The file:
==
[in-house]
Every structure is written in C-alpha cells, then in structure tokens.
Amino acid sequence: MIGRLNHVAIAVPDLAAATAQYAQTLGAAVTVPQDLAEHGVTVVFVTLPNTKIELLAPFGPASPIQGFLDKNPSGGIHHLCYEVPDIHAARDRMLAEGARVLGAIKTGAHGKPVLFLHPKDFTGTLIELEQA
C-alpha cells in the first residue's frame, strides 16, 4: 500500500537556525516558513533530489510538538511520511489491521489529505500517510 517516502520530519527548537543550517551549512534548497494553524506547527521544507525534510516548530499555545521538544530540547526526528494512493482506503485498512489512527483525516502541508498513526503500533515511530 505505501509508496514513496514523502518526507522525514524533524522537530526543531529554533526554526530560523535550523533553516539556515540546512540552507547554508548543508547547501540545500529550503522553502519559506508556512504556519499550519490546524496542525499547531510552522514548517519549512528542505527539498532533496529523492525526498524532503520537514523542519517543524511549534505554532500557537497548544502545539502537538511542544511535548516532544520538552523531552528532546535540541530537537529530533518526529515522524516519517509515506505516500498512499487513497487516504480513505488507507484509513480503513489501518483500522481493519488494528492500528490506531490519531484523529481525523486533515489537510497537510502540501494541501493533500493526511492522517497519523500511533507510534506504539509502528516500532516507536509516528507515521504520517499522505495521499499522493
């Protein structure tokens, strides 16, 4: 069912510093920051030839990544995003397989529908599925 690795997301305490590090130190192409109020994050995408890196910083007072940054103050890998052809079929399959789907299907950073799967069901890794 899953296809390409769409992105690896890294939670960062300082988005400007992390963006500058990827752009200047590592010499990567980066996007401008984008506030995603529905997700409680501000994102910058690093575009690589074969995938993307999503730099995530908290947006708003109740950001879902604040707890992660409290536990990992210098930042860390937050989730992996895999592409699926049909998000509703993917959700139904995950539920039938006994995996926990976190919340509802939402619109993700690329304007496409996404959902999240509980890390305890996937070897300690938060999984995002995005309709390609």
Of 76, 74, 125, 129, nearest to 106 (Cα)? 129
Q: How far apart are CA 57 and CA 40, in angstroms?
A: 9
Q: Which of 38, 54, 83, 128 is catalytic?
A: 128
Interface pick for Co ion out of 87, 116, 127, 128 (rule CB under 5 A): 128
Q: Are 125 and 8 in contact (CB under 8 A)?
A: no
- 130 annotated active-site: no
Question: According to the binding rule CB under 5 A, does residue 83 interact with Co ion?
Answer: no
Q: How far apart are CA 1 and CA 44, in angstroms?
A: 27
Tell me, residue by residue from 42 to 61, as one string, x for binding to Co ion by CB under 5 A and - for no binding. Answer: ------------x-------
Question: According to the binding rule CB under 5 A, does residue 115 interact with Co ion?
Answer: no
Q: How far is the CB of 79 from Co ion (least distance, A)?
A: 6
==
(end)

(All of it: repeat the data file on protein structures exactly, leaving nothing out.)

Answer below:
[in-house]
Every structure is written in C-alpha cells, then in structure tokens.
Amino acid sequence: MIGRLNHVAIAVPDLAAATAQYAQTLGAAVTVPQDLAEHGVTVVFVTLPNTKIELLAPFGPASPIQGFLDKNPSGGIHHLCYEVPDIHAARDRMLAEGARVLGAIKTGAHGKPVLFLHPKDFTGTLIELEQA
C-alpha cells in the first residue's frame, strides 16, 4: 500500500537556525516558513533530489510538538511520511489491521489529505500517510 517516502520530519527548537543550517551549512534548497494553524506547527521544507525534510516548530499555545521538544530540547526526528494512493482506503485498512489512527483525516502541508498513526503500533515511530 505505501509508496514513496514523502518526507522525514524533524522537530526543531529554533526554526530560523535550523533553516539556515540546512540552507547554508548543508547547501540545500529550503522553502519559506508556512504556519499550519490546524496542525499547531510552522514548517519549512528542505527539498532533496529523492525526498524532503520537514523542519517543524511549534505554532500557537497548544502545539502537538511542544511535548516532544520538552523531552528532546535540541530537537529530533518526529515522524516519517509515506505516500498512499487513497487516504480513505488507507484509513480503513489501518483500522481493519488494528492500528490506531490519531484523529481525523486533515489537510497537510502540501494541501493533500493526511492522517497519523500511533507510534506504539509502528516500532516507536509516528507515521504520517499522505495521499499522493
């Protein structure tokens, strides 16, 4: 069912510093920051030839990544995003397989529908599925 690795997301305490590090130190192409109020994050995408890196910083007072940054103050890998052809079929399959789907299907950073799967069901890794 899953296809390409769409992105690896890294939670960062300082988005400007992390963006500058990827752009200047590592010499990567980066996007401008984008506030995603529905997700409680501000994102910058690093575009690589074969995938993307999503730099995530908290947006708003109740950001879902604040707890992660409290536990990992210098930042860390937050989730992996895999592409699926049909998000509703993917959700139904995950539920039938006994995996926990976190919340509802939402619109993700690329304007496409996404959902999240509980890390305890996937070897300690938060999984995002995005309709390609």
Of 76, 74, 125, 129, nearest to 106 (Cα)? 129
Q: How far apart are CA 57 and CA 40, in angstroms?
A: 9
Q: Which of 38, 54, 83, 128 is catalytic?
A: 128
Interface pick for Co ion out of 87, 116, 127, 128 (rule CB under 5 A): 128
Q: Are 125 and 8 in contact (CB under 8 A)?
A: no
- 130 annotated active-site: no
Question: According to the binding rule CB under 5 A, does residue 83 interact with Co ion?
Answer: no
Q: How far apart are CA 1 and CA 44, in angstroms?
A: 27
Tell me, residue by residue from 42 to 61, as one string, x for binding to Co ion by CB under 5 A and - for no binding. Answer: ------------x-------
Question: According to the binding rule CB under 5 A, does residue 115 interact with Co ion?
Answer: no
Q: How far is the CB of 79 from Co ion (least distance, A)?
A: 6